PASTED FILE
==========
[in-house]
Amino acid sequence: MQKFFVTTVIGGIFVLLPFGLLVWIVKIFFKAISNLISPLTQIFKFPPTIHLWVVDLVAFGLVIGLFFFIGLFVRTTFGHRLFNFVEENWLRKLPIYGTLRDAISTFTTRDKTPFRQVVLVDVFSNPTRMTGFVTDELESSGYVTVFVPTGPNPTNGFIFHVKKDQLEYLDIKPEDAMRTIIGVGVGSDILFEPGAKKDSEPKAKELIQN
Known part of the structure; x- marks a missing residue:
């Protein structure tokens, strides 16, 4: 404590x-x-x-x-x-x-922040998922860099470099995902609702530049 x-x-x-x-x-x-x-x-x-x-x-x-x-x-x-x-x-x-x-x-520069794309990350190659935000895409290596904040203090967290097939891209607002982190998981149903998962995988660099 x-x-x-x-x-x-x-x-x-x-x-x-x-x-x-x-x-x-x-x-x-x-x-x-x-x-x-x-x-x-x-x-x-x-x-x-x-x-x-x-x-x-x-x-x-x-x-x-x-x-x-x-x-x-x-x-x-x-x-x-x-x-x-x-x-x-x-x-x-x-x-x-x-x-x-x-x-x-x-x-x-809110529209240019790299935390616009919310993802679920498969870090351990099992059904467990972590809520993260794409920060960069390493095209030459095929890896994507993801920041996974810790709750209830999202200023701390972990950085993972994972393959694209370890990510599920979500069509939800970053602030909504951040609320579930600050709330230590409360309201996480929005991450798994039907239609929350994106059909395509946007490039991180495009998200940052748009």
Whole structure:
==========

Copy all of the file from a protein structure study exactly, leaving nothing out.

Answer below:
[in-house]
Amino acid sequence: MQKFFVTTVIGGIFVLLPFGLLVWIVKIFFKAISNLISPLTQIFKFPPTIHLWVVDLVAFGLVIGLFFFIGLFVRTTFGHRLFNFVEENWLRKLPIYGTLRDAISTFTTRDKTPFRQVVLVDVFSNPTRMTGFVTDELESSGYVTVFVPTGPNPTNGFIFHVKKDQLEYLDIKPEDAMRTIIGVGVGSDILFEPGAKKDSEPKAKELIQN
Known part of the structure; x- marks a missing residue:
């Protein structure tokens, strides 16, 4: 404590x-x-x-x-x-x-922040998922860099470099995902609702530049 x-x-x-x-x-x-x-x-x-x-x-x-x-x-x-x-x-x-x-x-520069794309990350190659935000895409290596904040203090967290097939891209607002982190998981149903998962995988660099 x-x-x-x-x-x-x-x-x-x-x-x-x-x-x-x-x-x-x-x-x-x-x-x-x-x-x-x-x-x-x-x-x-x-x-x-x-x-x-x-x-x-x-x-x-x-x-x-x-x-x-x-x-x-x-x-x-x-x-x-x-x-x-x-x-x-x-x-x-x-x-x-x-x-x-x-x-x-x-x-x-809110529209240019790299935390616009919310993802679920498969870090351990099992059904467990972590809520993260794409920060960069390493095209030459095929890896994507993801920041996974810790709750209830999202200023701390972990950085993972994972393959694209370890990510599920979500069509939800970053602030909504951040609320579930600050709330230590409360309201996480929005991450798994039907239609929350994106059909395509946007490039991180495009998200940052748009």
Whole structure: